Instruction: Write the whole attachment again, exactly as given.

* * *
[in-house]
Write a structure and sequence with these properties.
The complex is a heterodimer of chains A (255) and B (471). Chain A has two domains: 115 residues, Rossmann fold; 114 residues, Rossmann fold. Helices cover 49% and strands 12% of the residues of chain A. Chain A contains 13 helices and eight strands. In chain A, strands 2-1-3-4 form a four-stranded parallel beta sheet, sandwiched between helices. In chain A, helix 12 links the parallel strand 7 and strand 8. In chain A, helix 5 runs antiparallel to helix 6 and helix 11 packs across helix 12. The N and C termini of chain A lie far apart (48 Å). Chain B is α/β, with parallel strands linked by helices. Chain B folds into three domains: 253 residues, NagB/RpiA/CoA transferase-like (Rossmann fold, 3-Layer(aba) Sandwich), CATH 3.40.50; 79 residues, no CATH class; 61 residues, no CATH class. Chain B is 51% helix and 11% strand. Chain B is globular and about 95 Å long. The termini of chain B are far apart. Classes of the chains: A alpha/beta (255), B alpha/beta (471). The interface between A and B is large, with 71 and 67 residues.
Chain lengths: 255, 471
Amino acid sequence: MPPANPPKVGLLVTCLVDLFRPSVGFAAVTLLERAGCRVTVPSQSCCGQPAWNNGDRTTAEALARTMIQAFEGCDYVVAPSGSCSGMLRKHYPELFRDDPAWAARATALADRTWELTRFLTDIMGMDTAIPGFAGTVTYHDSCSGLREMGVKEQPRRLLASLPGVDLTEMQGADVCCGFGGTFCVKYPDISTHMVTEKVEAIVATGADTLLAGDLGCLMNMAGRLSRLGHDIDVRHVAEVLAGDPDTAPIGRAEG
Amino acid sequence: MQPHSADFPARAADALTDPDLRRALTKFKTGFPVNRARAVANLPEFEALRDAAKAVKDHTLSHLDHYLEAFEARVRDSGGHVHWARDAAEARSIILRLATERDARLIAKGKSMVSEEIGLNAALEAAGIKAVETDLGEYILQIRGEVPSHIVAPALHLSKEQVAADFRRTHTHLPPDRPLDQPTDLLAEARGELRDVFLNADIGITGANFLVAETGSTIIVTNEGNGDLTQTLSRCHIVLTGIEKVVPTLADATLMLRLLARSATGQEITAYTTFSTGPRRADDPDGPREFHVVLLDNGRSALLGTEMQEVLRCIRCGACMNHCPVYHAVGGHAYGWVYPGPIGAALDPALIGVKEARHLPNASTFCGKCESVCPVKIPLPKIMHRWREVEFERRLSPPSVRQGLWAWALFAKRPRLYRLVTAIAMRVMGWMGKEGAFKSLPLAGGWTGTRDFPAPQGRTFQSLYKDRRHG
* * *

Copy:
[in-house]
Write a structure and sequence with these properties.
The complex is a heterodimer of chains A (255) and B (471). Chain A has two domains: 115 residues, Rossmann fold; 114 residues, Rossmann fold. Helices cover 49% and strands 12% of the residues of chain A. Chain A contains 13 helices and eight strands. In chain A, strands 2-1-3-4 form a four-stranded parallel beta sheet, sandwiched between helices. In chain A, helix 12 links the parallel strand 7 and strand 8. In chain A, helix 5 runs antiparallel to helix 6 and helix 11 packs across helix 12. The N and C termini of chain A lie far apart (48 Å). Chain B is α/β, with parallel strands linked by helices. Chain B folds into three domains: 253 residues, NagB/RpiA/CoA transferase-like (Rossmann fold, 3-Layer(aba) Sandwich), CATH 3.40.50; 79 residues, no CATH class; 61 residues, no CATH class. Chain B is 51% helix and 11% strand. Chain B is globular and about 95 Å long. The termini of chain B are far apart. Classes of the chains: A alpha/beta (255), B alpha/beta (471). The interface between A and B is large, with 71 and 67 residues.
Chain lengths: 255, 471
Amino acid sequence: MPPANPPKVGLLVTCLVDLFRPSVGFAAVTLLERAGCRVTVPSQSCCGQPAWNNGDRTTAEALARTMIQAFEGCDYVVAPSGSCSGMLRKHYPELFRDDPAWAARATALADRTWELTRFLTDIMGMDTAIPGFAGTVTYHDSCSGLREMGVKEQPRRLLASLPGVDLTEMQGADVCCGFGGTFCVKYPDISTHMVTEKVEAIVATGADTLLAGDLGCLMNMAGRLSRLGHDIDVRHVAEVLAGDPDTAPIGRAEG
Amino acid sequence: MQPHSADFPARAADALTDPDLRRALTKFKTGFPVNRARAVANLPEFEALRDAAKAVKDHTLSHLDHYLEAFEARVRDSGGHVHWARDAAEARSIILRLATERDARLIAKGKSMVSEEIGLNAALEAAGIKAVETDLGEYILQIRGEVPSHIVAPALHLSKEQVAADFRRTHTHLPPDRPLDQPTDLLAEARGELRDVFLNADIGITGANFLVAETGSTIIVTNEGNGDLTQTLSRCHIVLTGIEKVVPTLADATLMLRLLARSATGQEITAYTTFSTGPRRADDPDGPREFHVVLLDNGRSALLGTEMQEVLRCIRCGACMNHCPVYHAVGGHAYGWVYPGPIGAALDPALIGVKEARHLPNASTFCGKCESVCPVKIPLPKIMHRWREVEFERRLSPPSVRQGLWAWALFAKRPRLYRLVTAIAMRVMGWMGKEGAFKSLPLAGGWTGTRDFPAPQGRTFQSLYKDRRHG